Setup was easy and straightforward. The low-pressure suction hose came with some dents from shipping, but I was able to press those back to the original shape. Champion has a video online on how to set it up which I found helpful to watch beforehand, but once it arrived in the crate, I used the supplied instructions and had it up and running in about 45 minutes. After initial setup, I added conventional 10W-30 oil and 4 gallons of hydraulic oil. The engine started on the first pull which I don’t think has ever happened to me before out of the box. I then cycled the ram a few times to purge the air and shut it down. The last step is to add 1 more gallon of hydraulic oil until you see the oil in the sight glass. One important note would be during the first 5 hours of run time, Champion suggests to vary the engine speed RPM’s from time to time to allow proper piston break in. Be sure to change the oil to any conventional or full synthetic after 5 hours of run time.
I had a very green pile of birch, Norway spruce and white pine to split. Moisture readings on the 16” rounds were anywhere from 25-45% depending on the species. Rounds ranged in size from 6” up to 38” on the largest round. I got right into it running at about ¾ throttle and split some pine and birch. I was really happy with the piston cycle time! My old splitter was significantly slower and I can feel how much time I’m going to be saving. The log catchers work wonderfully at catching the log halves as they split. Then, if needed, you can grab one-half, split it again and throw it in your pile. On many units I had considered, log catchers are an added expense so I was happy to see them included with my purchase.
On the large rounds, I pulled the pin on the splitter beam, switched the unit to vertical mode, and locked it back in place. Some of the birch rounds weighed around 100 pounds each so trying to lift them up to horizontal splitting would have been a back breaker over time. In vertical mode, I sat on a log round while putting the log I was splitting into place. The hydraulic lever is easily accessible and it was very fast to split, re-align, split again and so on.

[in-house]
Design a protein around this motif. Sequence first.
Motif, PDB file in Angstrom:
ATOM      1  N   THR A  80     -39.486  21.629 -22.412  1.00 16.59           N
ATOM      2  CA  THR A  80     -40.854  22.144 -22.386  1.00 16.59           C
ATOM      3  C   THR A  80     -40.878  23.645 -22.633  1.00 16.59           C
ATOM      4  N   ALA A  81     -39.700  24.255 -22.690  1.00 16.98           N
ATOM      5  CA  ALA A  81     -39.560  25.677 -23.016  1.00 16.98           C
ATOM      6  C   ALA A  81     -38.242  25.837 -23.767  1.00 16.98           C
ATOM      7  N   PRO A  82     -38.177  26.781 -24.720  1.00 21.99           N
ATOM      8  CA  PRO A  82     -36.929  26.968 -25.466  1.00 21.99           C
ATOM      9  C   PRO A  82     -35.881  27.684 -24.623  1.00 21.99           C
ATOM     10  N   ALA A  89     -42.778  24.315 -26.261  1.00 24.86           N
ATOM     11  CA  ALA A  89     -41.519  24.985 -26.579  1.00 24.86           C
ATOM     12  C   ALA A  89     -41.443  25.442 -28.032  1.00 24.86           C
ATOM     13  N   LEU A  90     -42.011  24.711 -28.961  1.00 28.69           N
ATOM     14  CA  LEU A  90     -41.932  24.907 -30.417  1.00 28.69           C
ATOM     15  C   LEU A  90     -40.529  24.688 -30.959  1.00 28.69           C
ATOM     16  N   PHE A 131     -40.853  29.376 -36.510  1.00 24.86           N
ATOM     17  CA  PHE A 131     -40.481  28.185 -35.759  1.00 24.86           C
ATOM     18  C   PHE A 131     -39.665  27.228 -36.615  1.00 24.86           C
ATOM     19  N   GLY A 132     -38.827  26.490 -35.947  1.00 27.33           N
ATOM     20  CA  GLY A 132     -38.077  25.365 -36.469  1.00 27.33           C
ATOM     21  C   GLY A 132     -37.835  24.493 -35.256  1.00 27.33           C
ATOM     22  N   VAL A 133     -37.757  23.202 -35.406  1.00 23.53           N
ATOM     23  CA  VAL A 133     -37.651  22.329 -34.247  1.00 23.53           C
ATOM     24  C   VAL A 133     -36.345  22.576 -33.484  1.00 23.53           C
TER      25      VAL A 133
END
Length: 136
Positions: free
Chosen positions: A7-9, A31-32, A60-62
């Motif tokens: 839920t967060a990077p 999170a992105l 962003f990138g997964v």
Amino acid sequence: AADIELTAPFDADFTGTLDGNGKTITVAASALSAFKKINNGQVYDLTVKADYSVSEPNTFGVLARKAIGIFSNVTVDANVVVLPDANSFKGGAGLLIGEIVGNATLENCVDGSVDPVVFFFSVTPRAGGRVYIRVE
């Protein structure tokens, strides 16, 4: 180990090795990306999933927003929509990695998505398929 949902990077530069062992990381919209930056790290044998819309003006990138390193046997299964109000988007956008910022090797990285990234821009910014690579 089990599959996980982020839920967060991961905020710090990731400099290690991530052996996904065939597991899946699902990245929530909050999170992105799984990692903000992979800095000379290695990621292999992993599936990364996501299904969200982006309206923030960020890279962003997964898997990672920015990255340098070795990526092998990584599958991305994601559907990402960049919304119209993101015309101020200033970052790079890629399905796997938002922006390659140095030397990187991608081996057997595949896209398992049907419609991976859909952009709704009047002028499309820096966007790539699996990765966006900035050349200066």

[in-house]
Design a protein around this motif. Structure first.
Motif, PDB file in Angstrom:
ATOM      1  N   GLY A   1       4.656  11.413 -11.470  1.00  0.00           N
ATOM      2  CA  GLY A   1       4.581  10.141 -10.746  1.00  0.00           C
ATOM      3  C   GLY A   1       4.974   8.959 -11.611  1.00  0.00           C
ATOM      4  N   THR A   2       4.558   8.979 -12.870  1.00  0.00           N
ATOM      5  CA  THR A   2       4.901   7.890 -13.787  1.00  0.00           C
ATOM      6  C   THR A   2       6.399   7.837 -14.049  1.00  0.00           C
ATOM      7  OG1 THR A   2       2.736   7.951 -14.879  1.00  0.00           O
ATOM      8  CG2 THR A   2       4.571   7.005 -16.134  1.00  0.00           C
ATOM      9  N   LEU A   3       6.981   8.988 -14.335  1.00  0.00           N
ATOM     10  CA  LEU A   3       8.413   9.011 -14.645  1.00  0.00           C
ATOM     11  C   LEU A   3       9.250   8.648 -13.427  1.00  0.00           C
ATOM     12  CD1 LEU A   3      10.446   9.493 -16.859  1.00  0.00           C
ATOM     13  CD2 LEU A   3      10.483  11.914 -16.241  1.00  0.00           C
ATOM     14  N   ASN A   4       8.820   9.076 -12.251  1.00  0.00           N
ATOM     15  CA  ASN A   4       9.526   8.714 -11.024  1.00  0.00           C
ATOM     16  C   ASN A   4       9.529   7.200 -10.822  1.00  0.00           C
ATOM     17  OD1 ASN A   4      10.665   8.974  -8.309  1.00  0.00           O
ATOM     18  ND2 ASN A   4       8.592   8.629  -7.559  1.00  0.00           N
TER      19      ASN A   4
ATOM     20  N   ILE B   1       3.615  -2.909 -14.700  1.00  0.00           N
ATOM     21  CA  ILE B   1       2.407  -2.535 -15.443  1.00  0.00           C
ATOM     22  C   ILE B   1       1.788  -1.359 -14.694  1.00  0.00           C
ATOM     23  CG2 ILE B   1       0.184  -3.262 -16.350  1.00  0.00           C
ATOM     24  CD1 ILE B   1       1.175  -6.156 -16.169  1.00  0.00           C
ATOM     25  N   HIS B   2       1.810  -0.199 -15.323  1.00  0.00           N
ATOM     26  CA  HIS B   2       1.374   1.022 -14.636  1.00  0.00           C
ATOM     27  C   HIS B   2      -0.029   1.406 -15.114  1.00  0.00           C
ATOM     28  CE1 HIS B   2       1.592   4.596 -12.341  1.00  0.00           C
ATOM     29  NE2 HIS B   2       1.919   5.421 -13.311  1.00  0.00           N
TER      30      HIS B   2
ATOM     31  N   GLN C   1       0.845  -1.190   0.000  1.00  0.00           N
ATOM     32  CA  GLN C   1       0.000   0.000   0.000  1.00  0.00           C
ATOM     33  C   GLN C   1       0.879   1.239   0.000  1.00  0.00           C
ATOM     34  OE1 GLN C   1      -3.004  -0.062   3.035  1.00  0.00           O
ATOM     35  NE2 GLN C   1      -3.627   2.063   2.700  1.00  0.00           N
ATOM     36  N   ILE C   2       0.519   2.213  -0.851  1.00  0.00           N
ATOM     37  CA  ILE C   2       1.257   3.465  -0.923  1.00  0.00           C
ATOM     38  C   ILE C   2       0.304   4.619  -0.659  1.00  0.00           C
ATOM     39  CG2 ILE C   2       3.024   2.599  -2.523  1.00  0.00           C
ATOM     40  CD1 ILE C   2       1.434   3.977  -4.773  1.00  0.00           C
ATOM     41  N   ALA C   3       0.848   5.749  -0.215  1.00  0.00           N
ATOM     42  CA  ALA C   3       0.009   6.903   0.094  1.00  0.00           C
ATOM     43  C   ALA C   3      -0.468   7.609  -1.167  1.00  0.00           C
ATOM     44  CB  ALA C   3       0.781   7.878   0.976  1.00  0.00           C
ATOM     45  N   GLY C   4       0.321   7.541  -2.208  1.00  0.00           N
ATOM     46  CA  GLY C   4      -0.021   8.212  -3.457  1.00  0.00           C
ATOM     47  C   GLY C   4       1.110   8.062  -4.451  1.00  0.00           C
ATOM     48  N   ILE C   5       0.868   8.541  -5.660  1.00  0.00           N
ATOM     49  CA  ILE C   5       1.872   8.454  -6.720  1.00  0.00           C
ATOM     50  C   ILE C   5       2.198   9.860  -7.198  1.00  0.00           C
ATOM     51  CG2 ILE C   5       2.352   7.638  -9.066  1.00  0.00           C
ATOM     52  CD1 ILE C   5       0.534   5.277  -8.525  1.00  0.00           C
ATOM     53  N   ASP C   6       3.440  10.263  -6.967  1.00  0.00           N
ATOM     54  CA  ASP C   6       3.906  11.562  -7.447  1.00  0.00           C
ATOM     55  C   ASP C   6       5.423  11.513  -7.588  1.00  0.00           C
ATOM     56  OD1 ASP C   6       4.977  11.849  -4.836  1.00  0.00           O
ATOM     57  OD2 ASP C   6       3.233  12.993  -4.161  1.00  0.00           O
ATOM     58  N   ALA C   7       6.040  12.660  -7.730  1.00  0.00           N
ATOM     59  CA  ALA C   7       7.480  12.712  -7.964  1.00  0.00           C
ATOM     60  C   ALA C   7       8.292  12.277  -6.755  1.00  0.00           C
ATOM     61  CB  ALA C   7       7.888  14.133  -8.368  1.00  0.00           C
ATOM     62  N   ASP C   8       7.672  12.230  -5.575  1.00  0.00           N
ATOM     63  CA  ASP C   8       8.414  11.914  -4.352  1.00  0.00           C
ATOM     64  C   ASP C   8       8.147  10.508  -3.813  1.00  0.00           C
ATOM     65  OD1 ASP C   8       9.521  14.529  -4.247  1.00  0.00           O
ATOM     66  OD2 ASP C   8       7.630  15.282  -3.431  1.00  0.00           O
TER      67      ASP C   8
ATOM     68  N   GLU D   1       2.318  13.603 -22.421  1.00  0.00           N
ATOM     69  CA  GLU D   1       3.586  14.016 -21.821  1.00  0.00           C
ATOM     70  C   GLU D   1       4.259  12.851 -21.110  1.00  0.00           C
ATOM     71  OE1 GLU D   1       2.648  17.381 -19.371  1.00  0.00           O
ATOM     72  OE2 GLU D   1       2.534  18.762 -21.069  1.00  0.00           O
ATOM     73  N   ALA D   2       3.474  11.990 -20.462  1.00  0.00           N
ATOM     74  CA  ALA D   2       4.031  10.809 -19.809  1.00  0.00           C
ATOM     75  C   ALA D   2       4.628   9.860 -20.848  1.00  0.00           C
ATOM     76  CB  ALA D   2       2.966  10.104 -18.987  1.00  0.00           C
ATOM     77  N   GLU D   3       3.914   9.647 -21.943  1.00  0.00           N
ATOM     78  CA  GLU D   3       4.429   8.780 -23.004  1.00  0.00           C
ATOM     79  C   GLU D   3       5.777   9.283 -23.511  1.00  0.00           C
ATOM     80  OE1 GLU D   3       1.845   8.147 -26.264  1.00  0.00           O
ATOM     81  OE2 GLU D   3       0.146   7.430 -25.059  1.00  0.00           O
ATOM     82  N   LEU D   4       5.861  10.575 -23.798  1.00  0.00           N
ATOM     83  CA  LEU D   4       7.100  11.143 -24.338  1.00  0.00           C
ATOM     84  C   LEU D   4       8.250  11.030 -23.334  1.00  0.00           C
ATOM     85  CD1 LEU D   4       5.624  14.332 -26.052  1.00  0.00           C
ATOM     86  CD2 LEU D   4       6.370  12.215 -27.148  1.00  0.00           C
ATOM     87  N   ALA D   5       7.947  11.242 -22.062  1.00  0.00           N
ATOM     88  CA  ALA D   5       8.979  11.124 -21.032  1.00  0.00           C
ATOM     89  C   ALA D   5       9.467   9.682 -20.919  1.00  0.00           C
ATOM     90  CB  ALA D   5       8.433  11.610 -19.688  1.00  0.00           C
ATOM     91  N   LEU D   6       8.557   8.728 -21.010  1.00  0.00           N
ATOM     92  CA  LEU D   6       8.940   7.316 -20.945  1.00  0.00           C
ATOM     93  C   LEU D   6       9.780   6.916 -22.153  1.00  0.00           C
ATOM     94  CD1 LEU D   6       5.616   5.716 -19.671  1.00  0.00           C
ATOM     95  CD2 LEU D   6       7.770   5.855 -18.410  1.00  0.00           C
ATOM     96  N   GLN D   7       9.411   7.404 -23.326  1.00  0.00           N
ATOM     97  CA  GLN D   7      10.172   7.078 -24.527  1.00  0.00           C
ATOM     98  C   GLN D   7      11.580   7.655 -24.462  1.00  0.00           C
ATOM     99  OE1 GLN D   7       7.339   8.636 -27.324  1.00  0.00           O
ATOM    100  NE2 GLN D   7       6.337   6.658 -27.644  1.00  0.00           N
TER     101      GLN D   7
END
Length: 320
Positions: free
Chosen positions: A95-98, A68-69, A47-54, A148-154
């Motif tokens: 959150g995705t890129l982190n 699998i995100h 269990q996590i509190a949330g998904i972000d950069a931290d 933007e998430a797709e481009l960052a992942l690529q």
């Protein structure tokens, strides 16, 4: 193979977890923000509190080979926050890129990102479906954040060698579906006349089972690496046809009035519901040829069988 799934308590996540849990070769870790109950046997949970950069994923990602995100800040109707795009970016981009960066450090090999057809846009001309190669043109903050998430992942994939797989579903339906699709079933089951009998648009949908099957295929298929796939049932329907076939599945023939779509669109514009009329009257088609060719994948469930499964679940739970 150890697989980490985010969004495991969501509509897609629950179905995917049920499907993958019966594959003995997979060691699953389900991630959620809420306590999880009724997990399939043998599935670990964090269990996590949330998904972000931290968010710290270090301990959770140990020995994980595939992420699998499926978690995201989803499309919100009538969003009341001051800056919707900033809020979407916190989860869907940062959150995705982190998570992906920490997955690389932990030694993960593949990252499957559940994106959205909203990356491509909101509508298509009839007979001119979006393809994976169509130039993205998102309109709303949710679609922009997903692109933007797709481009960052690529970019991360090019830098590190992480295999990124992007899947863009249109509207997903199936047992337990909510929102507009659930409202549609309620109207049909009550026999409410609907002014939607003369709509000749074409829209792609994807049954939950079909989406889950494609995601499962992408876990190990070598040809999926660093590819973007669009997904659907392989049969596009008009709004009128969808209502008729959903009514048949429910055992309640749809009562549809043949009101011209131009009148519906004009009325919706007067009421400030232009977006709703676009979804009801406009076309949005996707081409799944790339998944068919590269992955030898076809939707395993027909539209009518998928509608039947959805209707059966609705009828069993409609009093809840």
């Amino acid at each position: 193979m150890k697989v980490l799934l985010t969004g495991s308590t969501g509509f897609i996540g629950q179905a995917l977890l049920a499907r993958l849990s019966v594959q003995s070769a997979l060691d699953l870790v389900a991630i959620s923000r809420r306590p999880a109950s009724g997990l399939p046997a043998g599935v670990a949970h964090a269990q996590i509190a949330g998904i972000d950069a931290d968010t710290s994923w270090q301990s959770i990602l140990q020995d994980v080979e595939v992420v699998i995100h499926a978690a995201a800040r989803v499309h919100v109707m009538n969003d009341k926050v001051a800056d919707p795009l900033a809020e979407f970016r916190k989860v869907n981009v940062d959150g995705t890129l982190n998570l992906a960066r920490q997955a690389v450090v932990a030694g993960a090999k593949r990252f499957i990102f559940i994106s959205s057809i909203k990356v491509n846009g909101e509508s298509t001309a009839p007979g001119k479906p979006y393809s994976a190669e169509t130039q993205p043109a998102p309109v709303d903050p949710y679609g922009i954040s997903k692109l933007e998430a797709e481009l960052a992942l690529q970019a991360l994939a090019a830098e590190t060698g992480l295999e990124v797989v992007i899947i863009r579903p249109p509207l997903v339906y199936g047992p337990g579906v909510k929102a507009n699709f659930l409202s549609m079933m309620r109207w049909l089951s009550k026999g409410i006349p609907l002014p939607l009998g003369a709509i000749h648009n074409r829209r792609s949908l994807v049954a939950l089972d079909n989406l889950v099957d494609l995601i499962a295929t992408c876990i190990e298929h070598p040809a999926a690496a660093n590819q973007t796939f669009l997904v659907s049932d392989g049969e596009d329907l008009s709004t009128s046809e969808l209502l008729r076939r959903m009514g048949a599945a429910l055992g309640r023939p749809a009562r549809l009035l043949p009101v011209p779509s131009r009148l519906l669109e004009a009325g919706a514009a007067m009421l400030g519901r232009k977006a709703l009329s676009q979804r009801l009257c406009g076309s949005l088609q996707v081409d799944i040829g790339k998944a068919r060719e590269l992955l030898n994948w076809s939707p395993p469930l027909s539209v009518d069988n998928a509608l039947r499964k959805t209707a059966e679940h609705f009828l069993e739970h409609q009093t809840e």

If you are not familiar with two stage hydraulic pumps in log splitters, the first stage is low pressure and high volume. This allows the splitting maul to travel at a fast speed but with less force. When splitting green or very dense wood, keep the lever engaged and the second stage will kick in automatically. The second stage is high pressure, but low volume and this is where the real force of the 25 ton is apparent. The wedge plowed through some serious pine knots and wood that was so wet I could see the water squeezing out of the wood grain.
As of today, I have three cords split and it is running like a top. The engine starts on the first pull and it tracks behind my ATV wonderfully hooked up to a 2” ball. I got a little lazy and put a very heavy log on the beam in horizontal mode and when it split, I bent one of my log catchers in the process. I should have had it in vertical mode for this big of a log so I cannot blame anyone but me for that one. Lastly, keep in mind if you are going to tow any log splitter, they are only rated for 45 MPH, so don’t plan on letting the in-laws borrow it and they send it down the interstate at 70!
I did not see many pictures or any videos so I’m going to include some in case you find those helpful. If I have any future thoughts I’ll post them back to this review with an update or if you have a question, I can try and help. I hope you found this helpful and good luck with your wood pile!